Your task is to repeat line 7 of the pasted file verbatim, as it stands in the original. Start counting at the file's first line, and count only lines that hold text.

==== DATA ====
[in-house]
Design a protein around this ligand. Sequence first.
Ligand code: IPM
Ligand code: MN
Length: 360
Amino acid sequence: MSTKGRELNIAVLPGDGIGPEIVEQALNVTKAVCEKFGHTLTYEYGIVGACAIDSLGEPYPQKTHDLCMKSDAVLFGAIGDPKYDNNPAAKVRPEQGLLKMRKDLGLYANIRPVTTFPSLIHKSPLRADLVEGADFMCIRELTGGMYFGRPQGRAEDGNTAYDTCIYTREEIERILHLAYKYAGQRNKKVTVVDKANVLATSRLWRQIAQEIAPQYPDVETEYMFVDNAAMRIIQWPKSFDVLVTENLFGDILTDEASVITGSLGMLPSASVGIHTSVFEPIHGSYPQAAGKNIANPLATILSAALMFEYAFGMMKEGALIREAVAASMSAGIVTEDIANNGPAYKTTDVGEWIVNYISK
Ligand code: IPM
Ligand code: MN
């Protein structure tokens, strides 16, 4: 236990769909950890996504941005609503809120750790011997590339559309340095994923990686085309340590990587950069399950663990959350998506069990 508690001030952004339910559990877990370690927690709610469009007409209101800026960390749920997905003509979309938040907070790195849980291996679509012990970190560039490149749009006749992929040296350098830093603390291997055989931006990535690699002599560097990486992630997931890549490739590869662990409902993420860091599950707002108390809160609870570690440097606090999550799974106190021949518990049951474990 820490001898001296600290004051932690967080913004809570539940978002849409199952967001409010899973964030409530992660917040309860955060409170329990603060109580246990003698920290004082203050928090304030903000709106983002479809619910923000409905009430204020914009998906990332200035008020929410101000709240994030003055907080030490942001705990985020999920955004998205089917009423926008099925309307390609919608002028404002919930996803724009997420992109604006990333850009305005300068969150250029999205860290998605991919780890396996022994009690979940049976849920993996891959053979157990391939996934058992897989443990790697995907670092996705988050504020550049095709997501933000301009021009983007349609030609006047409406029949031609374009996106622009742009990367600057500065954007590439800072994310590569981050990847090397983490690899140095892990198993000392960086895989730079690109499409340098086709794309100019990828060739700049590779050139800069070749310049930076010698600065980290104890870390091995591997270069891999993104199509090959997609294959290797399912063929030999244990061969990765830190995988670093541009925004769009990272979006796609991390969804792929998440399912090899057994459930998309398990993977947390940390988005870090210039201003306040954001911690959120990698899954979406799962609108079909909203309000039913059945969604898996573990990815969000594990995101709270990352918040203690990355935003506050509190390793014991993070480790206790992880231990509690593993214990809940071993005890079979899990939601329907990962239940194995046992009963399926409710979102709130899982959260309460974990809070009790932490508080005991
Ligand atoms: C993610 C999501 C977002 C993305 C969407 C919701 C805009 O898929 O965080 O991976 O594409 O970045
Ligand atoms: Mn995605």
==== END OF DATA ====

Ligand code: IPM